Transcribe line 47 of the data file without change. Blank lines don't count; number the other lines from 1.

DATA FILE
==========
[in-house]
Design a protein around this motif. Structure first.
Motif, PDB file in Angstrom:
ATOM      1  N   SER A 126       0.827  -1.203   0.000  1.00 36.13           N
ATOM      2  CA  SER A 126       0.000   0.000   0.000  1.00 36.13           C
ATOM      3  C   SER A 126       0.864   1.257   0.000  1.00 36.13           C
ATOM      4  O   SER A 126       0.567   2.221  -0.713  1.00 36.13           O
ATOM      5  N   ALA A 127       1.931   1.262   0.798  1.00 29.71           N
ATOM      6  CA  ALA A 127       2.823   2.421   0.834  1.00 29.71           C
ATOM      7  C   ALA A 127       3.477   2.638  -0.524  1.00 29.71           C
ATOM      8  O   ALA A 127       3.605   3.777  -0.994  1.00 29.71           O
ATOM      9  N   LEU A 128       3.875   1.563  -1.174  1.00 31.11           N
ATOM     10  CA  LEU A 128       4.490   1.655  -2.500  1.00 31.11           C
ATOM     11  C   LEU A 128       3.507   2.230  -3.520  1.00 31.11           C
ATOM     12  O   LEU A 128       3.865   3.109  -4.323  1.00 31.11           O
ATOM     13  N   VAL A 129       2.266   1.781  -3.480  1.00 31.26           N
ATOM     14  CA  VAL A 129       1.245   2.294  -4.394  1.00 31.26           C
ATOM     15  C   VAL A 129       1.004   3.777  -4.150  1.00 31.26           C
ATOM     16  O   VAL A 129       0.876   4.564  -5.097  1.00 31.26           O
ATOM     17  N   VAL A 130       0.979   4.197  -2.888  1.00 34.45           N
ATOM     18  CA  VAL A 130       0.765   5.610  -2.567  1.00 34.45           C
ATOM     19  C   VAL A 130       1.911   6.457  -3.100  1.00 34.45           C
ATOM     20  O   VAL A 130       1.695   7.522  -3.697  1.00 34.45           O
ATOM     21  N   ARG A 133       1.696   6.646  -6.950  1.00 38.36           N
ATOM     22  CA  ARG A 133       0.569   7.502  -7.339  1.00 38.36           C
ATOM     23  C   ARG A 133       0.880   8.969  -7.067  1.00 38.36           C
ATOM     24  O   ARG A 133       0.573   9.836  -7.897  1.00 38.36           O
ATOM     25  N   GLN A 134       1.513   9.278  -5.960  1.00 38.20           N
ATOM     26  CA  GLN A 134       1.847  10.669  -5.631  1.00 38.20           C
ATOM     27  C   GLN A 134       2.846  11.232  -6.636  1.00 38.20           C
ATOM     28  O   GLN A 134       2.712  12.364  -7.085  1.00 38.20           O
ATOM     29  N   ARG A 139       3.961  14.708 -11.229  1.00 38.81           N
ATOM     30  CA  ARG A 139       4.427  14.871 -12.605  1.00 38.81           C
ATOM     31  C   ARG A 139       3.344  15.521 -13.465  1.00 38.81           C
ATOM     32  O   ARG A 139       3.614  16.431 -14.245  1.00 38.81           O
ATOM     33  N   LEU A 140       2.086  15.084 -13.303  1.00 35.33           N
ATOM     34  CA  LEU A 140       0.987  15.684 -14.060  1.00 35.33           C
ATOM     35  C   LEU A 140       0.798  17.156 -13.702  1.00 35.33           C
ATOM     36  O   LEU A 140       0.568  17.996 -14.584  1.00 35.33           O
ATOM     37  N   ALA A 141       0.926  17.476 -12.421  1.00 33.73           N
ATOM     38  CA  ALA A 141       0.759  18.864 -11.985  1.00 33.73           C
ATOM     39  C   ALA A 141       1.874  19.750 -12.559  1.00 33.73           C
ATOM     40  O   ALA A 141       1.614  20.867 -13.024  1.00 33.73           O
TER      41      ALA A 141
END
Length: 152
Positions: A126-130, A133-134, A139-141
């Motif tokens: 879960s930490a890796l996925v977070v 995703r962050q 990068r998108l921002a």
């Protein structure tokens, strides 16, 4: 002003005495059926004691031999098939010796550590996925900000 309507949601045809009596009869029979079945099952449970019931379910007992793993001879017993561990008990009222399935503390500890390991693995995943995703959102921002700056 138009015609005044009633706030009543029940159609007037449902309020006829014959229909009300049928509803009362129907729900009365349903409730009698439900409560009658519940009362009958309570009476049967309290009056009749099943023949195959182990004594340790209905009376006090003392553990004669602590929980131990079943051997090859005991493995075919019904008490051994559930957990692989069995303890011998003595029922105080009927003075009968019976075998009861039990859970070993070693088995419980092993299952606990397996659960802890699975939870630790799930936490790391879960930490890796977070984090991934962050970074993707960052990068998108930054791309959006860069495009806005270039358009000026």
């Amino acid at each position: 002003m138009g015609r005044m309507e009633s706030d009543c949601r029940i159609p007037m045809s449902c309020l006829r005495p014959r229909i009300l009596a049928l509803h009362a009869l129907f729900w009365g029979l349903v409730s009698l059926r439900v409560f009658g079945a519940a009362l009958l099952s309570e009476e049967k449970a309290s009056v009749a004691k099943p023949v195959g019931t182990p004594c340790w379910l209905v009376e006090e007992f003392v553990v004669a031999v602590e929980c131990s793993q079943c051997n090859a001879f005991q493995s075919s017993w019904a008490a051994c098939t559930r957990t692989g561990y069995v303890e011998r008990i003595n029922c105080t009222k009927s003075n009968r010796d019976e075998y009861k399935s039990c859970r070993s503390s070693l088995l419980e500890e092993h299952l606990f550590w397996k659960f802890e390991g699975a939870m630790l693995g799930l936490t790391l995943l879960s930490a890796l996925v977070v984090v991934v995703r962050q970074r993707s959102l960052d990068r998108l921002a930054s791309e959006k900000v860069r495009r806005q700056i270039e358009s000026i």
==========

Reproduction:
Positions: A126-130, A133-134, A139-141